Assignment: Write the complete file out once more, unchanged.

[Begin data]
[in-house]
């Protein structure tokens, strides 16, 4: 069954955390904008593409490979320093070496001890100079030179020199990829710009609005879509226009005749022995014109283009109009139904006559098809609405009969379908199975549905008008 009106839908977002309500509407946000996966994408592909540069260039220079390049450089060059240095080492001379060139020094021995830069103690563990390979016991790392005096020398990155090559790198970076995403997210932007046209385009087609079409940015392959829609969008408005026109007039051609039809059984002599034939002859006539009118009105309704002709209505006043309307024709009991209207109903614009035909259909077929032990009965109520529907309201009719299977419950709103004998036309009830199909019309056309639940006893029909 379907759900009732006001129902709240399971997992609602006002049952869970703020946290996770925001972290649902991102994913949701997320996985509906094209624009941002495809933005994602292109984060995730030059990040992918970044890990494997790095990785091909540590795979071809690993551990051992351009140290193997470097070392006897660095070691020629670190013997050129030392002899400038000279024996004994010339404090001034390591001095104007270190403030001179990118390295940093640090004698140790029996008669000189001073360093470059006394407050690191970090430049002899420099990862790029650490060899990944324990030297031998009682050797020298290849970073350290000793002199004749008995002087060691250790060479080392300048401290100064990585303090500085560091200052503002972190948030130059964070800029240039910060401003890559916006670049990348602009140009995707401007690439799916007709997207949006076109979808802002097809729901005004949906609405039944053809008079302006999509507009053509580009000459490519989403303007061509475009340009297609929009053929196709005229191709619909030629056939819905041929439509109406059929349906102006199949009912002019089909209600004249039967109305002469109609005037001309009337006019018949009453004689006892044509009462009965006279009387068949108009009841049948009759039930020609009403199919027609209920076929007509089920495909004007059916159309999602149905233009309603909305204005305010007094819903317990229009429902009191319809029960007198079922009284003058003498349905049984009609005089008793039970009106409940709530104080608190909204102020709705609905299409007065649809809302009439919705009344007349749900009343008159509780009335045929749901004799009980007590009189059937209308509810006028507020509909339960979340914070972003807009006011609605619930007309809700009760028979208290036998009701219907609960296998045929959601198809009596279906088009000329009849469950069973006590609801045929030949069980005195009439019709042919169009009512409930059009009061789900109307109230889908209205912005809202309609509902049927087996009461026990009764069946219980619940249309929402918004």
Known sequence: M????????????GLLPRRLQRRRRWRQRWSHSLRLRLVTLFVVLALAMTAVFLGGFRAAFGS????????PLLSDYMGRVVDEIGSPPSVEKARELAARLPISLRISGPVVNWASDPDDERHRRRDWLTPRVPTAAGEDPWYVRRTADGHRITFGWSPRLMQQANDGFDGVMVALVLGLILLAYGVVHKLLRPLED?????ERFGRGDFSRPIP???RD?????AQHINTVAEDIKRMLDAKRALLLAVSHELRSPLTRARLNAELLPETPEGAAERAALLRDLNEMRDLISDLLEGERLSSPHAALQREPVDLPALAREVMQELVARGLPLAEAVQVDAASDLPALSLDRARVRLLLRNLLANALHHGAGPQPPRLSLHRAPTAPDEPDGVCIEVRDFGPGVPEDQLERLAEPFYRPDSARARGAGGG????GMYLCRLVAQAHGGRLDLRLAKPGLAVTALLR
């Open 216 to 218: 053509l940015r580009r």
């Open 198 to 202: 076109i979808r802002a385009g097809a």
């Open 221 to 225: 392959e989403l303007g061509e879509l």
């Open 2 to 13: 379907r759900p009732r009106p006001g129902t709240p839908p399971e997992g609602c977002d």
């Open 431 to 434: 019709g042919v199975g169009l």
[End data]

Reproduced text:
[in-house]
């Protein structure tokens, strides 16, 4: 069954955390904008593409490979320093070496001890100079030179020199990829710009609005879509226009005749022995014109283009109009139904006559098809609405009969379908199975549905008008 009106839908977002309500509407946000996966994408592909540069260039220079390049450089060059240095080492001379060139020094021995830069103690563990390979016991790392005096020398990155090559790198970076995403997210932007046209385009087609079409940015392959829609969008408005026109007039051609039809059984002599034939002859006539009118009105309704002709209505006043309307024709009991209207109903614009035909259909077929032990009965109520529907309201009719299977419950709103004998036309009830199909019309056309639940006893029909 379907759900009732006001129902709240399971997992609602006002049952869970703020946290996770925001972290649902991102994913949701997320996985509906094209624009941002495809933005994602292109984060995730030059990040992918970044890990494997790095990785091909540590795979071809690993551990051992351009140290193997470097070392006897660095070691020629670190013997050129030392002899400038000279024996004994010339404090001034390591001095104007270190403030001179990118390295940093640090004698140790029996008669000189001073360093470059006394407050690191970090430049002899420099990862790029650490060899990944324990030297031998009682050797020298290849970073350290000793002199004749008995002087060691250790060479080392300048401290100064990585303090500085560091200052503002972190948030130059964070800029240039910060401003890559916006670049990348602009140009995707401007690439799916007709997207949006076109979808802002097809729901005004949906609405039944053809008079302006999509507009053509580009000459490519989403303007061509475009340009297609929009053929196709005229191709619909030629056939819905041929439509109406059929349906102006199949009912002019089909209600004249039967109305002469109609005037001309009337006019018949009453004689006892044509009462009965006279009387068949108009009841049948009759039930020609009403199919027609209920076929007509089920495909004007059916159309999602149905233009309603909305204005305010007094819903317990229009429902009191319809029960007198079922009284003058003498349905049984009609005089008793039970009106409940709530104080608190909204102020709705609905299409007065649809809302009439919705009344007349749900009343008159509780009335045929749901004799009980007590009189059937209308509810006028507020509909339960979340914070972003807009006011609605619930007309809700009760028979208290036998009701219907609960296998045929959601198809009596279906088009000329009849469950069973006590609801045929030949069980005195009439019709042919169009009512409930059009009061789900109307109230889908209205912005809202309609509902049927087996009461026990009764069946219980619940249309929402918004």
Known sequence: M????????????GLLPRRLQRRRRWRQRWSHSLRLRLVTLFVVLALAMTAVFLGGFRAAFGS????????PLLSDYMGRVVDEIGSPPSVEKARELAARLPISLRISGPVVNWASDPDDERHRRRDWLTPRVPTAAGEDPWYVRRTADGHRITFGWSPRLMQQANDGFDGVMVALVLGLILLAYGVVHKLLRPLED?????ERFGRGDFSRPIP???RD?????AQHINTVAEDIKRMLDAKRALLLAVSHELRSPLTRARLNAELLPETPEGAAERAALLRDLNEMRDLISDLLEGERLSSPHAALQREPVDLPALAREVMQELVARGLPLAEAVQVDAASDLPALSLDRARVRLLLRNLLANALHHGAGPQPPRLSLHRAPTAPDEPDGVCIEVRDFGPGVPEDQLERLAEPFYRPDSARARGAGGG????GMYLCRLVAQAHGGRLDLRLAKPGLAVTALLR
């Open 216 to 218: 053509l940015r580009r």
């Open 198 to 202: 076109i979808r802002a385009g097809a």
């Open 221 to 225: 392959e989403l303007g061509e879509l």
């Open 2 to 13: 379907r759900p009732r009106p006001g129902t709240p839908p399971e997992g609602c977002d």
């Open 431 to 434: 019709g042919v199975g169009l």